“They don’t know what they’re thanking me for,” says one of the characters of “In Our Own Voice” about people who express their gratitude to her, a female veteran, for her service. Based on the interviews, conducted by the playwright and her associates by phone, Skype and in person, the play, written by Beverly Coyle and directed by Colleen Britton for the Planet Connections Theater Festivity, tells us the stories of a few women-veterans, who talk in their own voices about their military training and how it changed their lives, for better or worse.
Telling us about recruitment, training, service and homecoming, the four actresses, Cailin Kless, Sionain Kuhner, Eirinn McGuiness, and Katrina Perkins, are dressed in uniforms and often switch accents when portraying multiple characters. Although we do not get to ask the characters any questions, we hear them talking to us in a trusting, conversational manner, and gradually learn everything we wanted to know… except for the veterans’ names. This reminds us how many of them may be walking among us, unrecognized for their courage and devotion. Any woman we see on the street may have left her family to fly overseas and fight in a war only to come back and feel “like an alien visiting from another planet.” Hearing these women’s voices makes us aware of their presence and more eager to help them readjust.
Dealing with women’s experiences, the play can’t help but address gender issues, such as motherhood, sex discrimination, and rape in the military. We are reminded, for example, that these women dwell in “the atmosphere that’s all about man power,” where “everything is sexualized.” Going through the same training as men, women are still perceived as the weaker, inferior sex. For this reason, they are often made feel like outsiders, or sexual objects. Doing their job just like men, they are scrutinized and expected to mess up. In addition, they have to constantly combat unwanted sexual attention and ignore remarks like, “Salt? Aren’t you gonna add some pepper?” Such references to their sexuality degrade women and make their experiences with the military even more difficult and unpleasant than men’s.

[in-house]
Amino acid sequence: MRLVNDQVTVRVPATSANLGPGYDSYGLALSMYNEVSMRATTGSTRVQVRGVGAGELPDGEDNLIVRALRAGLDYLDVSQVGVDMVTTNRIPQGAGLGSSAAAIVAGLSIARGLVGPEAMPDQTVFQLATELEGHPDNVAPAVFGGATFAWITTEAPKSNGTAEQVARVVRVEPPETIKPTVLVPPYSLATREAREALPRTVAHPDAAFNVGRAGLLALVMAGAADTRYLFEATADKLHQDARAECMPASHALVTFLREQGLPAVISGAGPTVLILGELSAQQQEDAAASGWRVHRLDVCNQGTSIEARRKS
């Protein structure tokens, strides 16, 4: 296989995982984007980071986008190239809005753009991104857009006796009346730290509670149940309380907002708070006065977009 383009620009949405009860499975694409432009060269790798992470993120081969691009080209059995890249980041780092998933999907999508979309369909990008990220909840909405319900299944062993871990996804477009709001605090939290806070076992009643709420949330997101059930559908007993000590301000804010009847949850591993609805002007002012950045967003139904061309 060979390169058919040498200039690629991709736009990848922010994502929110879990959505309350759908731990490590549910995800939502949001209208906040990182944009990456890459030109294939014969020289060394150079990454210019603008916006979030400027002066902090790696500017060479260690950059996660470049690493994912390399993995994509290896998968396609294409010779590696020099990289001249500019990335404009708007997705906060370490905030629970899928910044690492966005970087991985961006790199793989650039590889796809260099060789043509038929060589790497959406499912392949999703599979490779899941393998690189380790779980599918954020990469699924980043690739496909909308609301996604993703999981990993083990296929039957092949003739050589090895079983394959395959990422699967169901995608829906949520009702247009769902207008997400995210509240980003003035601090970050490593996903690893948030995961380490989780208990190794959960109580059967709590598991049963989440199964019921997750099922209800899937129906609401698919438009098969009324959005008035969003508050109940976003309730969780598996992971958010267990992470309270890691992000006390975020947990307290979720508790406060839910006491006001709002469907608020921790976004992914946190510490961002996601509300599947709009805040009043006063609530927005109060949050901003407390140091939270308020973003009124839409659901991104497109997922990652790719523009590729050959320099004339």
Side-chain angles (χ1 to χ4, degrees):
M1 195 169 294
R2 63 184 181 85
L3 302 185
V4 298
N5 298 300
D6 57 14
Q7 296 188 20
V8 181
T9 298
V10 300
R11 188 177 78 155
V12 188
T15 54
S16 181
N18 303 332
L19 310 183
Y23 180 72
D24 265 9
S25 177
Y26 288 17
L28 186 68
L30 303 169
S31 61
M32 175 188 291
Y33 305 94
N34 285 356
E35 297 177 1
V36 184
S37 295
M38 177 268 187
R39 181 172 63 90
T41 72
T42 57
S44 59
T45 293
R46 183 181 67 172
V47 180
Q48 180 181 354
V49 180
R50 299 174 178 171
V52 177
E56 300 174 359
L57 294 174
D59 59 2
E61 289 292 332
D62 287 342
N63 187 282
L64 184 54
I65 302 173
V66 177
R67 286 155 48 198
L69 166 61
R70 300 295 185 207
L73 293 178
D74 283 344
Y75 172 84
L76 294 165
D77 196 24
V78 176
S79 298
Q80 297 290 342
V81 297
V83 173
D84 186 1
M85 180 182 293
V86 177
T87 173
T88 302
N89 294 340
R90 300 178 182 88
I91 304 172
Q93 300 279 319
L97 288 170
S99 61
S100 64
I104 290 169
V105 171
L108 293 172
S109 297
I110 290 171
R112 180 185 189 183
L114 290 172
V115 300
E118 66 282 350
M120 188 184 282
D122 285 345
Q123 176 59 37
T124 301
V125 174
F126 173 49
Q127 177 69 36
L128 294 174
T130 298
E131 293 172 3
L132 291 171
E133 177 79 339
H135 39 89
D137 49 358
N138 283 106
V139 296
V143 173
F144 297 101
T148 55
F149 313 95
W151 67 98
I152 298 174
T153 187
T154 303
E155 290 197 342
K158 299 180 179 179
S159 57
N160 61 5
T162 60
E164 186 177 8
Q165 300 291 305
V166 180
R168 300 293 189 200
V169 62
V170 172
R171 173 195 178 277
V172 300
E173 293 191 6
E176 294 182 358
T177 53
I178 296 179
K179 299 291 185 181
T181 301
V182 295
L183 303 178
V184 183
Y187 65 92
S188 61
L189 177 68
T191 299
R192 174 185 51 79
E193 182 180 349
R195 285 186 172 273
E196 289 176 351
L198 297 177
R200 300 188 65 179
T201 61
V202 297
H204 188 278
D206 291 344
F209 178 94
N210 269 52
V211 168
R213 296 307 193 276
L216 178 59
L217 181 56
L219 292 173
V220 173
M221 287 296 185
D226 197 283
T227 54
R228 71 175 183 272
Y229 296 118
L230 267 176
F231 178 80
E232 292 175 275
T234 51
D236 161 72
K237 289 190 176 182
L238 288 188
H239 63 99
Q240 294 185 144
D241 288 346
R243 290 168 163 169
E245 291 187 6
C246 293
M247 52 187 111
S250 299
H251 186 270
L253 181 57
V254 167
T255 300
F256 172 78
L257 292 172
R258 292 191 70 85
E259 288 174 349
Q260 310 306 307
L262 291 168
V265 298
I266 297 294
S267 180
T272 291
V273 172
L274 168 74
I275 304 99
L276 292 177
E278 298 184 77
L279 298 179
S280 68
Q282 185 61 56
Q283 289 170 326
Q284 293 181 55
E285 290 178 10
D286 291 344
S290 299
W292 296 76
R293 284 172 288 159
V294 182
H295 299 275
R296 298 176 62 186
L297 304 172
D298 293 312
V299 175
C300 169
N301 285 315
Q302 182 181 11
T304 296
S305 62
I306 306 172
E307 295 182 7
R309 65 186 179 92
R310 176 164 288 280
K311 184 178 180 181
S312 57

Furthermore, “Don’t ask, don’t tell” policy drew the line between homosexual and heterosexual soldiers. Existing from the end of 1993 till September of 2011, it prohibited discrimination on the basis of one’s sexuality, while also barring openly homosexual or bisexual people from serving in the U.S. military. Consequently, only heterosexual soldiers could ask for a leave if their spouses fell ill. As one of the characters notes, this made her feel “less of a soldier and more of a liar,” and that she had come out of the closet “just to go back to it.” Thus, although all soldiers put their lives on the line equally, not everyone is treated with due respect even during their deployment.
Finally, when discussing the characters’ return, the play shows how military service affects one’s relationships with his or her loved ones. Challenging the traditional role of a woman as a housekeeper, deployment keeps her away from her family and may even lead to a divorce. Her children may grow up without seeing much of their mother. Her relatives and friends may have a hard time accepting that she had to kill people as part of her service.
This is not to mention that the woman’s perception of self and her surroundings also changes. Having returned home, she has to overcome PTSD – “not exactly culture shock,” but perceiving everything as “too much, too loud, too brightly colored.” She has to make a place for herself in this strange new world and learn to feel at home again.
Thus, giving us an insider’s perspective on women in the military, “In Our Own Voice” tells us the stories veterans usually keep to themselves. It also reminds us that gender- and sexual-orientation-based discrimination is not a thing of the past. In this manner, it educates us and broadens our minds, encouraging us to be more understanding of someone who may be different from us, or have experienced something we never will encounter.